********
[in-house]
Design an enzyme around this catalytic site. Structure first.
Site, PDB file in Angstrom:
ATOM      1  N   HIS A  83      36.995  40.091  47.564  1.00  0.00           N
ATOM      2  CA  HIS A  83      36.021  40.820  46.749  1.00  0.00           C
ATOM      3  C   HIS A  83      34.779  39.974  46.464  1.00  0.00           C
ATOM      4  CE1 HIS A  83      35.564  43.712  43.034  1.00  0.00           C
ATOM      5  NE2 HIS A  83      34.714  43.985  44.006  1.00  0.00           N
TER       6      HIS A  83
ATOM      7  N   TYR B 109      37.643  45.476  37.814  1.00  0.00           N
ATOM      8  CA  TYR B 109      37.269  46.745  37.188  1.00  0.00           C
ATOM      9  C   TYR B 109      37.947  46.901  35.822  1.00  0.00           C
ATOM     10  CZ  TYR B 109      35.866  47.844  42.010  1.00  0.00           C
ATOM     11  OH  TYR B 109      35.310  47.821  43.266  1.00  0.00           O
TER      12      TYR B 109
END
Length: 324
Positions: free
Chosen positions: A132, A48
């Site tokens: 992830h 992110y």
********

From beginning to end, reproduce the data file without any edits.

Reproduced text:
[in-house]
Design an enzyme around this catalytic site. Structure first.
Site, PDB file in Angstrom:
ATOM      1  N   HIS A  83      36.995  40.091  47.564  1.00  0.00           N
ATOM      2  CA  HIS A  83      36.021  40.820  46.749  1.00  0.00           C
ATOM      3  C   HIS A  83      34.779  39.974  46.464  1.00  0.00           C
ATOM      4  CE1 HIS A  83      35.564  43.712  43.034  1.00  0.00           C
ATOM      5  NE2 HIS A  83      34.714  43.985  44.006  1.00  0.00           N
TER       6      HIS A  83
ATOM      7  N   TYR B 109      37.643  45.476  37.814  1.00  0.00           N
ATOM      8  CA  TYR B 109      37.269  46.745  37.188  1.00  0.00           C
ATOM      9  C   TYR B 109      37.947  46.901  35.822  1.00  0.00           C
ATOM     10  CZ  TYR B 109      35.866  47.844  42.010  1.00  0.00           C
ATOM     11  OH  TYR B 109      35.310  47.821  43.266  1.00  0.00           O
TER      12      TYR B 109
END
Length: 324
Positions: free
Chosen positions: A132, A48
């Site tokens: 992830h 992110y």